SUMMARY OF THE INVENTION The invention comprises logical units modularly interconnected for parity predicting and checking of operations performed by a carry look-ahead binary adder for two operands. Parity for prediction and checking is performed on two levels: first at the half-sum level and then on the full-sum level. At each level, parity is first predicted. The predicted parity is then used in checking the parity of the generated sum. Additionally, digit look-ahead carries are checked against generated lookahead carries. The three-step checking process assures high level of confidence in error detection.

BRIEF DESCRIPTION OF THE DRAWINGS FIG. I is a logic diagram for producing the bit level carry generates and carry propagates.

FIG. 2 is a logic diagram for producing the digit level carry generates and carry propagates.

FIGS. 30 and 3b is a logic diagram for producing the digit look-ahead carries.

FIG. 4 is a diagram of the interconnections to the adder chips used in the adder.

FIG. 5 is a diagram of a 32 bit A operand segmented into four bytes and the odd parity associated with byte 0.

FIG. 6 is a logic diagram for performing a half-sum check.

FIG. 7 is a logic diagram for producing bit lookahead carries of byte 0.

FIG. 8 is a logic diagram for full-sum checking.

FIG. 9 is a logic diagram for digit carry comparison.

FIG. I0 is a diagram of the combined structure of a carry look-ahead adder with the parity predicting and checking logic.

FIG. II is a diagram of the logic partitioning of the invention.

DESCRIPTION OF THE PREFERRED EMBODIMENT I. Carry Look-Ahead Adder In order to establish a terminology and to aid in understanding the parity predicting and checking logic for a carry look-ahead binary adder and the logic partitioning design for error isolation, this section presents a brief summary of the carry look-ahead adder logic.

The carry look-ahead adder described is a 32-bit binary adder. Its input operands are denoted as A (A n 0,, a .a and B (B b b b,, h and are stored in appropriate 32bit registers. Each operand consists of the 32 information bits which are divided into four 8-bit groups. Each of these 8bit groups is called a byte and has a parity bit associated with it. Odd parity is assumed throughout the whole system.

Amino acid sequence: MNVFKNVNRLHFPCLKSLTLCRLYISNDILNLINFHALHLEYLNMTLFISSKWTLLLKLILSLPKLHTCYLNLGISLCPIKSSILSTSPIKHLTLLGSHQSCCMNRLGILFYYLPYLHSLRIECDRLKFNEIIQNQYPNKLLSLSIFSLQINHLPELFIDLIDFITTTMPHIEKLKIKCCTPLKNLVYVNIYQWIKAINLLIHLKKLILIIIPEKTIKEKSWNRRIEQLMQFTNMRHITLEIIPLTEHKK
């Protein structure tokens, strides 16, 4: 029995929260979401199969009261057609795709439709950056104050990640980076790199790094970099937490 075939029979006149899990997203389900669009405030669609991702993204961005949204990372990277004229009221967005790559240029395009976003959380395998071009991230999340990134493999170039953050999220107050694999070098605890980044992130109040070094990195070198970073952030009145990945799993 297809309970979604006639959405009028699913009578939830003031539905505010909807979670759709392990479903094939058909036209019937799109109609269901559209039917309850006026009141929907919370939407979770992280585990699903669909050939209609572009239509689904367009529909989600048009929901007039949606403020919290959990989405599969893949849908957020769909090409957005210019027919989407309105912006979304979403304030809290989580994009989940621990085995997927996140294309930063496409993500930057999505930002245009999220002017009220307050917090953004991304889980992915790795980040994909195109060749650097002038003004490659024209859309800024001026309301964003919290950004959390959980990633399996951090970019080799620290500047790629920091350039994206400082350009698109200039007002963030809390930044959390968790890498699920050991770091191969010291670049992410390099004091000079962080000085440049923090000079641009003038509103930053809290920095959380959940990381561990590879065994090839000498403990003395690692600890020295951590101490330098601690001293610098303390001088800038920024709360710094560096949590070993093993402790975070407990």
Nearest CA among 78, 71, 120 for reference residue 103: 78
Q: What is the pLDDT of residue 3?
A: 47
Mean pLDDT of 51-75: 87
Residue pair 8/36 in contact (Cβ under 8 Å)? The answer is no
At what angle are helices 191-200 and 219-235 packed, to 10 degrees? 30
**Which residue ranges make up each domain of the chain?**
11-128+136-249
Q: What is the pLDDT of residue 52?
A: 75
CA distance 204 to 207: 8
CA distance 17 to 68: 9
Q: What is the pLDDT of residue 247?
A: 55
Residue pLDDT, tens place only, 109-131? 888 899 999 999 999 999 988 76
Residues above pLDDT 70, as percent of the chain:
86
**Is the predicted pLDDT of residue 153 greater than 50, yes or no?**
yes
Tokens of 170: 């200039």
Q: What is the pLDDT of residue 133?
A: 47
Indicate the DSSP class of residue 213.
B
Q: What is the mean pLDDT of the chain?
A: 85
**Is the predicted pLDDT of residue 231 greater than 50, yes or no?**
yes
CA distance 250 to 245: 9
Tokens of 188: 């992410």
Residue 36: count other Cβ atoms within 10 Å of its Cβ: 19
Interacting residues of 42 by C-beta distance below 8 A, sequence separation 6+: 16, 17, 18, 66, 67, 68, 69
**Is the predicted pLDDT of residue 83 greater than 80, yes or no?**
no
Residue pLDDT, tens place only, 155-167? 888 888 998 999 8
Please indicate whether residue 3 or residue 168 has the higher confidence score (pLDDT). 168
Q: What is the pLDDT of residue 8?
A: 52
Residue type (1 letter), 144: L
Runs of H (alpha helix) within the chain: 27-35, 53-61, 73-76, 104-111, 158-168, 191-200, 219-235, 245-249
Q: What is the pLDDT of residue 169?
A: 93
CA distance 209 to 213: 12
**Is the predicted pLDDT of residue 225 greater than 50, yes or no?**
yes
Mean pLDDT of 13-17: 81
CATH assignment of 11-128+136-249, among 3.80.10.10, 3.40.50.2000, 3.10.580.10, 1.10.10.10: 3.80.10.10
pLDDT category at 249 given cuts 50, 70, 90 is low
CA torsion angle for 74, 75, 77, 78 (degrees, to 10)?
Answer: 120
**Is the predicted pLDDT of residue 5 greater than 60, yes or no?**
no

The basic adder consists of eight standard off-theshelf four-bit adder chips (such as an Ser. No. 74l8l manufactured by Texas Instruments, Inc.) and carry look-ahead logic built from standard logic gates. Although the adder chips have many different functional capabilities, in the preferred embodiment, they are used only for Addition (ADD), Subtraction (SUB), Logical AND (AND), Logical OR (OR), and Logical Exclusive OR (EXOR) operations. The principle of the carry look-ahead adder is to examine four consecutive bits (called a digit) of each of the operand inputs to the adder and to simultaneously produce the proper digit look-ahead carry for those bits. The digit look-ahead carries are applied with the digits to the four-bit adder chip which then produces proper sum bits.

Referring now to FIG. 1, logic for the straightforward production of the bit-level carry generates, g,,, and the bit-level carry propagates, p,,, is shown. The n' bits of the A and B operands, a, and b, respectively, are applied as inputs to an AND gate 10. The output of the AND gate 10 is the 11" bit-level carry generate, g,,. Similarly, a,, and b, are applied as inputs to an OR gate 11. The resulting output of the OR gate 11 is the n" bitlevel propagate, p,,.

The bit-level carry generates and carry propagates are applied to the digit level in order to produce the digit-level carry generates, G,,,, and digit carry propagates, P,,,. Referring now to FIG. 2, each of the eight digit-level carry generates, G to G are produced by applying the bit-level carry generates and carry propagates of the corresponding digit to the logic gates 20 to 23 as shown. In general, G,,, (g g l 3 2 .p,,,, 1 g 3 p 2 .p,,,, ,)p4m. Similarly, each of the digit-level carry propagates, P to P are produced by inputting four consecutive bit-level carry propagates, P to p,,,, to an AND gate 24. In genm p4m-p4m+ 1 -P4m+2-P4m+a- In the same fashion, the digit-level carry propagates, P and digit-level carry generates, G,,,, are used to produce digit look-ahead carry outputs, C to C FIGS. 3a and 3b show logical implementations for the following general equations:

C, (G G G PgP, P P P C,

C G P C,